1. It’s very important to build muscle
The body starts to lose muscle mass after the age of 30, and inactive people can lose up to 5% of muscle mass over 10 years. Muscle plays a huge role in controlling your metabolism — you need muscle to burn calories. So if you want to lose weight, or not gain any, as you get older, you need to replace what’s lost. Studies have shown that eating more protein can help maintain or build muscle mass. As for exercise, strength training with weights or using your own body weight (squats, pushups, planks, wall sits) will do the trick, Metcalf, noted.
2. 30 minutes a day is enough
“Many of my clients are confused, [thinking] that if a workout is not an hour, then it’s not worth it,” Metcalf said. “This cannot be farther from the truth.” Studies have shown that you can get the same benefit in half the time. A study at the University of Copenhagen showed that moderately overweight men who exercised for half an hour a day lost 8 lbs. in three months compared to the 6 lbs. lost by those who exercised for an hour. The key is the intensity of the workout.
High-intensity interval training is the way to get a significant “calorie burn in the shortest amount of time,” Natalie Sandone, fitness instructor, said. Short periods of high-intensity exercise that engage many muscles require the body use a lot of oxygen during both the exercise and rest. And increasing oxygen demands increases calories expenditure during both phases, according to the American Council on Exercise. “You can pick whatever time frames you want, but recover only as long as you need to start pushing hard again,” Sandone added.
3. Go for a walk before and after a meal
Being physically active as often as possible is important to maintaining a healthy weight. Going for a 10-minute walk both before and after dinner is an easy way to get some exercise in, Metcalf suggested. “Before — it may help decrease appetite, and after — it helps with digestion.” A study observing pre-diabetic people found that those who went for a walk after a meal had lower blood sugar spikes. Also, walking boosts metabolism because the body needs more energy.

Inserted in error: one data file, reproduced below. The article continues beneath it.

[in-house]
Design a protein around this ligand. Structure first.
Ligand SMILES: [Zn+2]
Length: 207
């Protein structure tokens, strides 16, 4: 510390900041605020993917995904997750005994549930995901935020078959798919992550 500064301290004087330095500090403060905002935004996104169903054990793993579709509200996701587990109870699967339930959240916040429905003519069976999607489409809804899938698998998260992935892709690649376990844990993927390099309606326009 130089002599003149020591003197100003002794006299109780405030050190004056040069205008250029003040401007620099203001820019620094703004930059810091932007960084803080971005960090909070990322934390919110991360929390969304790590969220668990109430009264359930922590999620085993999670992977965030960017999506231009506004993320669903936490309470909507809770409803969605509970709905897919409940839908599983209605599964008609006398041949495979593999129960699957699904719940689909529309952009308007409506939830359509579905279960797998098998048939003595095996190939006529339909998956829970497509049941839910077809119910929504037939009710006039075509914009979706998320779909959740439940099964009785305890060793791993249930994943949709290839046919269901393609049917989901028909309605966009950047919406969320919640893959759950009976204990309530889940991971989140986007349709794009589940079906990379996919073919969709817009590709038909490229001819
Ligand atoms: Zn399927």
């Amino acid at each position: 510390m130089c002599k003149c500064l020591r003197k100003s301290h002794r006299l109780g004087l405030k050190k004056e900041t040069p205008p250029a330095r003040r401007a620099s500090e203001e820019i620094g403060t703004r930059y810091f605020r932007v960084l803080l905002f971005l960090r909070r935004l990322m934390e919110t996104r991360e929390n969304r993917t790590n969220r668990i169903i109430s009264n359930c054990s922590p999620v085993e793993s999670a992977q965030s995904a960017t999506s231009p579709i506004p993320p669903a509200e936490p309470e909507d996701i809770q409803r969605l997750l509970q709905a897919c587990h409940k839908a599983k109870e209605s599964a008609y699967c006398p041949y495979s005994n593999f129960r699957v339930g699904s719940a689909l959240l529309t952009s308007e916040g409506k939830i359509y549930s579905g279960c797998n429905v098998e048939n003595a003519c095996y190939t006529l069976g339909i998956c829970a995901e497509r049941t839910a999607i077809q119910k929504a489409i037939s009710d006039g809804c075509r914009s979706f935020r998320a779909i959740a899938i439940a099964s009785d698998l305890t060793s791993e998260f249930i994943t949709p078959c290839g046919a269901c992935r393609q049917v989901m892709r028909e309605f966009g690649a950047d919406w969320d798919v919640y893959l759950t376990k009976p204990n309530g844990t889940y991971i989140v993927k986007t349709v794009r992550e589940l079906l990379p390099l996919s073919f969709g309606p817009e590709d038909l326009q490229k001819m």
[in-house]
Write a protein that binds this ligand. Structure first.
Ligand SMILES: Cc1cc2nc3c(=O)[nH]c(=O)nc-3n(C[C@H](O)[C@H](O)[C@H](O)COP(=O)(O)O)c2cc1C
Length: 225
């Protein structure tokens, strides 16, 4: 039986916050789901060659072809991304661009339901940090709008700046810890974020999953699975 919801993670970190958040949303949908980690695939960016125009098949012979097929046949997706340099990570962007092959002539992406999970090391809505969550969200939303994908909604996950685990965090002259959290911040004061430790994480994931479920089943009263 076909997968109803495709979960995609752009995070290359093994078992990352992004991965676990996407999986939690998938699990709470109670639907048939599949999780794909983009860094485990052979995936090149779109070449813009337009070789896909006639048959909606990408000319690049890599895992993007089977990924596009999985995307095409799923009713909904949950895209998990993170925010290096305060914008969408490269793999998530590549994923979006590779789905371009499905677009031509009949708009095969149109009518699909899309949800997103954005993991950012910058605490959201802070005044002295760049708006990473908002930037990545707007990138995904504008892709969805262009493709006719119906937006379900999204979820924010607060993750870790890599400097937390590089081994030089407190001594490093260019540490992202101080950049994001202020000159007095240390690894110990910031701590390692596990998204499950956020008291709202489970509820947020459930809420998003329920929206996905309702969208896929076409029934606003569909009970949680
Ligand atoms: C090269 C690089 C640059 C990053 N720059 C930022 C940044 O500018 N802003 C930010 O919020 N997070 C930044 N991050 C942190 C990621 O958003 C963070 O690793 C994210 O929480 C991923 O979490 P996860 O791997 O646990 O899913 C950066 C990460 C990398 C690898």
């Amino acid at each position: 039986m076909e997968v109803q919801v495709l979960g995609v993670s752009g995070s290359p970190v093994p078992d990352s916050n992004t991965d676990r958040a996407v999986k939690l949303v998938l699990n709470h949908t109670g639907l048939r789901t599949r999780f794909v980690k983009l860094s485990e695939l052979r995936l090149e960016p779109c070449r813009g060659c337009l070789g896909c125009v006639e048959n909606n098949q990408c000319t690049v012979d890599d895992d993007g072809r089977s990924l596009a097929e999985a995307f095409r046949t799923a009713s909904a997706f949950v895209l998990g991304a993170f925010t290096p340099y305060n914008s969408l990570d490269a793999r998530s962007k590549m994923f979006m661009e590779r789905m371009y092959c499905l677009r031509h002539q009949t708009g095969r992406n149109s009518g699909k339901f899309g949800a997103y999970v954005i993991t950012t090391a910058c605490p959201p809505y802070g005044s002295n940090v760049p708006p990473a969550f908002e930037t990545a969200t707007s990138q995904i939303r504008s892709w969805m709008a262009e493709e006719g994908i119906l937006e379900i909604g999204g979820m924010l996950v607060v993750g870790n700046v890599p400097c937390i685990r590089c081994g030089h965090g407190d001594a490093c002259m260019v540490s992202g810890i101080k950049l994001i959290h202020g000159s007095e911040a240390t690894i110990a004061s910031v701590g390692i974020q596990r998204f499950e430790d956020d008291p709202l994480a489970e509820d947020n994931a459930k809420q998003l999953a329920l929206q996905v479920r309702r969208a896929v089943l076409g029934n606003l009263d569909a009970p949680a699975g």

4. Take care of your thyroid
The small butterfly-shaped gland controls many functions of the body, including metabolism speed. A person with an underactive thyroid could gain between 5 and 10 pounds of body weight, depending on the severity of the hormones deficiency. Thyroid hormones act on cells by increasing their activity, so if there are not enough of them, metabolic function is damaged. Causes for thyroid dysfunction vary from iodine deficiency and inflammation to cancer and even certain medications.
5. Sleep more
Lack of sleep and weight gain often go hand in hand, according to science. Short sleep durations have been linked to higher levels of ghrelin, commonly known as the “hunger hormone” because it increases one’s appetite, and to lower levels of leptin, a hormone that signals the brain you’re full. Research has shown that sleep-deprived people also consume more calories than usual, mainly from snacks, which tend to be rich in carbs, salt, and sugar. Lack of sleep messes with fat cells’ ability to respond to insulin, which regulates energy, eventually leading to weight gain. In addition, people who sleep less are more tired and less likely to exercise, which is linked to weight gain and obesity.